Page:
My Lords, the Government are conducting a review of business rates in response to concerns that the system is in need of reform. The system should be fit for a 21st-century economy, and that is why the review, which will conclude at the Budget, is looking at all aspects of the system, including reliefs and exemptions. We recognise the important contributions that the arts and museums make to the culture of the UK, education and the economy.
My Lords, I thank the Minister for that reply, but will he acknowledge that the loss of all, or even part, of what is in effect a well-established funding stream would significantly threaten the viability of many productive and highly respected arts bodies across the country, including art centres, independent museums, orchestras, and theatres large and small—from those of an international stature to the smallest local organisations—and that in the regions it would simply deepen what is already in some areas a calamitous situation for arts and cultural services?
I note the noble Earl’s concerns but it may give him some comfort to know that the Government recognise the importance of the charitable sector and that the stringent management of costs in managing charities can make a critical difference to their viability. The Government also understand that arts and culture generates 0.4% of the UK’s GDP, as highlighted by the Centre for Economics and Business Research. Museums and galleries are a key motivator for encouraging tourism. We committed that from 2017 the business rate system would better reflect our modern economy by providing clearer billing, better information-sharing and a more efficient appeals system.
My Lords, I declare my registered interests in charities, including membership of the board of the Royal Shakespeare Company, which is currently able to take advantage of tax relief on production costs, as indeed are all other performing arts companies. Is the Minister aware that the benefit of this very welcome and indeed enlightened tax reform will be entirely lost if mandatory business rate relief is withdrawn? Can he reassure the House that the Government are not proposing to give with one hand and take away with the other?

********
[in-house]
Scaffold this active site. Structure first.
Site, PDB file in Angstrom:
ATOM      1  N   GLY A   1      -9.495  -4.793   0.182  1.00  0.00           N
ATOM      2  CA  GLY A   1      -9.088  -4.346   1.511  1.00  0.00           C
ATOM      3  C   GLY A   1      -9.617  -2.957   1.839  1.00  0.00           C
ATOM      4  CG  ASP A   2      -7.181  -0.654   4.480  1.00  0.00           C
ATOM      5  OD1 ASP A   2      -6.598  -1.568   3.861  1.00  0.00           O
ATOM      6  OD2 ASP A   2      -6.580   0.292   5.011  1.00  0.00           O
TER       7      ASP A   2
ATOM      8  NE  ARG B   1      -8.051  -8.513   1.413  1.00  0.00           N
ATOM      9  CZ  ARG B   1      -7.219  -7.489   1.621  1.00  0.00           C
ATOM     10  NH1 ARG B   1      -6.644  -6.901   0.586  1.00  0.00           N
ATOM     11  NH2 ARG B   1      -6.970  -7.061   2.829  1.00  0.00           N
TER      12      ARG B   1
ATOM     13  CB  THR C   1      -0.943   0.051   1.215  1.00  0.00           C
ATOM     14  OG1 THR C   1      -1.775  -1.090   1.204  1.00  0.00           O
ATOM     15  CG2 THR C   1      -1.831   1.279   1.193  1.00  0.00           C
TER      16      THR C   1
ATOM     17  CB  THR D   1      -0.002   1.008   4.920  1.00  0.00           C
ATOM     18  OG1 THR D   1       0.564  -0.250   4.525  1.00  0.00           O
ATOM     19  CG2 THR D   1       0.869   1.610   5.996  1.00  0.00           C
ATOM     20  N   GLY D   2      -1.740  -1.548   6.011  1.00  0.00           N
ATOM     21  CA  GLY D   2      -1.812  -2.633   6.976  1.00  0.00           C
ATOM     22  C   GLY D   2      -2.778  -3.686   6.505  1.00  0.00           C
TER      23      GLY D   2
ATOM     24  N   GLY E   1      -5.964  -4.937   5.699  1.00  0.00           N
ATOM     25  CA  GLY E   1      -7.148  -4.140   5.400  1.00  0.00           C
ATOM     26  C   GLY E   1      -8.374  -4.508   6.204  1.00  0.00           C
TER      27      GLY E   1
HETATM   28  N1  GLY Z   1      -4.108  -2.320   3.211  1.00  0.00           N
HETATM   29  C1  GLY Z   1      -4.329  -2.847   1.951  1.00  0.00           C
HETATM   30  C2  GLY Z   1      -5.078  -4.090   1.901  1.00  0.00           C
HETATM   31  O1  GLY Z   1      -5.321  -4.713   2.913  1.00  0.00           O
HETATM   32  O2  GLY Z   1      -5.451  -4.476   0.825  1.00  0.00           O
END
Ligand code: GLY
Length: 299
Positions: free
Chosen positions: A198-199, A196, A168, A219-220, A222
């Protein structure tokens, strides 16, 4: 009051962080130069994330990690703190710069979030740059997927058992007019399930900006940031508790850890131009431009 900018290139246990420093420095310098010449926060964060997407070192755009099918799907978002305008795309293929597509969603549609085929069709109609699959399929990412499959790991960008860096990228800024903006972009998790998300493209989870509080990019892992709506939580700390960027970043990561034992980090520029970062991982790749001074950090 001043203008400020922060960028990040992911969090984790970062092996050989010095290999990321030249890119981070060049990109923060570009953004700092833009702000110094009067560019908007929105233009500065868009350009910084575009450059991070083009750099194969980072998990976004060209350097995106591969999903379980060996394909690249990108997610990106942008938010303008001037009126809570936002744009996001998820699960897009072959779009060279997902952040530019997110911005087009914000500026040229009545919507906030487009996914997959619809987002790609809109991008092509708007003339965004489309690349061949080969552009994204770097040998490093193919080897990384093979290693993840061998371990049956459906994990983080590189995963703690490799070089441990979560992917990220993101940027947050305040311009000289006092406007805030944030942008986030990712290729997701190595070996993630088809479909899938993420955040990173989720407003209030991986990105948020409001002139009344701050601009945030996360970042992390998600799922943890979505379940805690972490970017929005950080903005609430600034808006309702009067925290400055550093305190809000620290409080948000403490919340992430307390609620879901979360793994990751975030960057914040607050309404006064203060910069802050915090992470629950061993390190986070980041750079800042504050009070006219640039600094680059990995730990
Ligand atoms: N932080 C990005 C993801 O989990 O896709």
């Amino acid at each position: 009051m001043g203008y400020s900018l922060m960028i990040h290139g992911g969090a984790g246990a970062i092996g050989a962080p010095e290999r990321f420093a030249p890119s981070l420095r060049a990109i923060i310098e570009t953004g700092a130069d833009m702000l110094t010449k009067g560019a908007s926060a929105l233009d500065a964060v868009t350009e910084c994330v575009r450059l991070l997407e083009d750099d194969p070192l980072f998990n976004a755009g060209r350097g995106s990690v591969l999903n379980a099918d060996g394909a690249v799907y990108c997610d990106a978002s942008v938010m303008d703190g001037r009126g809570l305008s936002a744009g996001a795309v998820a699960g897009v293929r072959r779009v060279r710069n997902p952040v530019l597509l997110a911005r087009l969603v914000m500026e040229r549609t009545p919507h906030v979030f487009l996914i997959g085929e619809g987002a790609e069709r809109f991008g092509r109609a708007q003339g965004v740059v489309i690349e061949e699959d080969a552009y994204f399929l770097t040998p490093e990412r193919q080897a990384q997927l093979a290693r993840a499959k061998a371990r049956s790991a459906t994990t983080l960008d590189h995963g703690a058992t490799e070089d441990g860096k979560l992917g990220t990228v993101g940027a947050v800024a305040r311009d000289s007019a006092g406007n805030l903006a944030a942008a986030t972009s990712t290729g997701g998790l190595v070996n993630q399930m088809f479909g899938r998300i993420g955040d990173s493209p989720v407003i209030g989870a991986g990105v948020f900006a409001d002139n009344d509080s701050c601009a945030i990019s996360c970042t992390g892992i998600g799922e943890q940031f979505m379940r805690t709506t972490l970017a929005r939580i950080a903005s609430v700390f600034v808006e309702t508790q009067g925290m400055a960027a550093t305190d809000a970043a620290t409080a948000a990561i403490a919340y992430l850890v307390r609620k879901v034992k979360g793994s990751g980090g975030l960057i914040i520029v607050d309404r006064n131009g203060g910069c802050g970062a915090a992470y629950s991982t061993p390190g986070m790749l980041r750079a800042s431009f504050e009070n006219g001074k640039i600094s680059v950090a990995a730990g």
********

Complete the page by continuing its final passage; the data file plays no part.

I cannot prejudge for the noble Baroness the result of the review. However, when we launched it, we did say that we recognise that some sectors, such as charities, play an important part in the community and that the Government have no intention of increasing business rates for those deserving of relief.
Is the Minister aware that many vulnerable communities depend on charitable organisations, particularly in the light of the public service cuts? Will he give an undertaking that before any such measures may be introduced, the impact on the most vulnerable communities will be assessed and taken into account?
My Lords, given the parlous state of many of these bodies, as we have heard, have the Government made a precise assessment—or will they—of exactly how much this relief helps these organisations and how they would be affected should it be cut?
I have no doubt that the review will also cover that. However, it is pretty clear that the business rate relief does indeed help those very important charitable organisations. As the noble Earl, Lord Clancarty, mentioned, orchestras and other similar organisations rely on this business rate relief.
My Lords, does the Minister agree that organisations including theatres, art centres, galleries and independent museums could be negatively affected by these changes? Therefore, will the Minister agree that a proportion of the business rate relief should be mandatory, considering the tight finances of these very important cultural organisations?
My Lords, will the Minister clarify the position of the review with regard to arts organisations based in Wales, Scotland and Northern Ireland? Given that the arts are a devolved matter, as are some responsibilities for business rating, will the review consider the circumstances in those three areas?
The review will take account of those areas but, as the noble Lord made clear, there is devolved responsibility, particularly for business rate relief. I am thinking particularly of Scotland but I am sure that it is the same in Wales. There is of course contact with the Governments in Wales and Scotland on this matter, and this will be part of the review.
My Lords, the discussion so far has been about mandatory rate relief, which is about 80% of the rates bill met by the institutions we are talking about. However, a problem is also arising in the discretionary relief for the last 20%, which can be a very substantial amount of money in some areas. Will the Government explain what they propose to do, because over 20% of institutions reported recently that they have had cuts in that area?